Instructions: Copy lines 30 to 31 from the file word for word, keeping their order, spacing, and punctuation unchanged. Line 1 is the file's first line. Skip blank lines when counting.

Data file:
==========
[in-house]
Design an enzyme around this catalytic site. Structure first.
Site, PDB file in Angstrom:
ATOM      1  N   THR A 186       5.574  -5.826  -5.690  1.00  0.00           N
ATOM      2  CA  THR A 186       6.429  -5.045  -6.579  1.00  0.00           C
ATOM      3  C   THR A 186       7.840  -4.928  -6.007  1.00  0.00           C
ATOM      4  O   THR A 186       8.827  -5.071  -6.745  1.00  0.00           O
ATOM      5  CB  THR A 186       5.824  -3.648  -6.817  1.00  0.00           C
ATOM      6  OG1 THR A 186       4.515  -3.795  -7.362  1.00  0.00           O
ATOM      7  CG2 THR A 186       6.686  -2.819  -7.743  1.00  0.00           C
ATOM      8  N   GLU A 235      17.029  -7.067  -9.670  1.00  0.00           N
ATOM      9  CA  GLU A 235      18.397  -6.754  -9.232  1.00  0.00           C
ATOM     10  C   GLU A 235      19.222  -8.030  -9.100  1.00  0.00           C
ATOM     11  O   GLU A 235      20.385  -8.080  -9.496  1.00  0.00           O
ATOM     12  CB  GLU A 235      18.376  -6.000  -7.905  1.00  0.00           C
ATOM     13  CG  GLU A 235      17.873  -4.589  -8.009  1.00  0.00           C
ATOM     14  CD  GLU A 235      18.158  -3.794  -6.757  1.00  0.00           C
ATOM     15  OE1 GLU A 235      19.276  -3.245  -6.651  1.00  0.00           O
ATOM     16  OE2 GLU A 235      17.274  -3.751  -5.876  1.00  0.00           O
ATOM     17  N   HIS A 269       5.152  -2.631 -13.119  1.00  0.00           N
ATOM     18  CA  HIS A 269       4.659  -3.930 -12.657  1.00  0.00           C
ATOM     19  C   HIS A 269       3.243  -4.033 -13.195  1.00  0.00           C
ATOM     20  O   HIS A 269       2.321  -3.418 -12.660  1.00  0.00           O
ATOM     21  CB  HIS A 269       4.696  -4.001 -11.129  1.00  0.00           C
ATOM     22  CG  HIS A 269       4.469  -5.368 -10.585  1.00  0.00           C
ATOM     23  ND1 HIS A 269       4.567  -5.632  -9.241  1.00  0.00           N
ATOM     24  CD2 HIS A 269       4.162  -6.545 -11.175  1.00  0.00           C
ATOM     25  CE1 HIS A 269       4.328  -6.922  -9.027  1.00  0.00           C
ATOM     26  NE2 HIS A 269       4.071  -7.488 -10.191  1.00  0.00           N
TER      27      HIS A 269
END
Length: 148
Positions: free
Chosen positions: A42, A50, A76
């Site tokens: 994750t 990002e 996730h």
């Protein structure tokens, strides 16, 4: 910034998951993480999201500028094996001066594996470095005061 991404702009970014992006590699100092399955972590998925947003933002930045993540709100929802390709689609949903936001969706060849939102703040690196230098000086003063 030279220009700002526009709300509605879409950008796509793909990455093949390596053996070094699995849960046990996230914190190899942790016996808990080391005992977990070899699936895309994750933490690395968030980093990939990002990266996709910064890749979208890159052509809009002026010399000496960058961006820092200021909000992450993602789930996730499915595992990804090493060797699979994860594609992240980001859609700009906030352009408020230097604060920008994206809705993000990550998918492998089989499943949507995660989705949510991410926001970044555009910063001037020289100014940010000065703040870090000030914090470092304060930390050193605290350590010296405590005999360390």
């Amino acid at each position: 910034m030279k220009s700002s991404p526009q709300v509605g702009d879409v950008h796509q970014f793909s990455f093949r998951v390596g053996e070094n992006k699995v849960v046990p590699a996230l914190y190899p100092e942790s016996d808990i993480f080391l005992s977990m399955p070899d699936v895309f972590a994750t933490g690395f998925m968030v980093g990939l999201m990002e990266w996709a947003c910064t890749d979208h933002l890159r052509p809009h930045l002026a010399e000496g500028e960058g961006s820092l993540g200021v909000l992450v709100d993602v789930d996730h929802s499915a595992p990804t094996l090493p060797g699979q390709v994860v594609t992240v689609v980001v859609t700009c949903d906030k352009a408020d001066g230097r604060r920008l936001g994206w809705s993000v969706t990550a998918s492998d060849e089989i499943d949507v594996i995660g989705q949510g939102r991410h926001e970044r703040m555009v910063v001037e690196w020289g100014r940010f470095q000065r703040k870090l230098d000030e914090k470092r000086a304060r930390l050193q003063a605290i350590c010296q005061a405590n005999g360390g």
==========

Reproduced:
TER      27      HIS A 269
END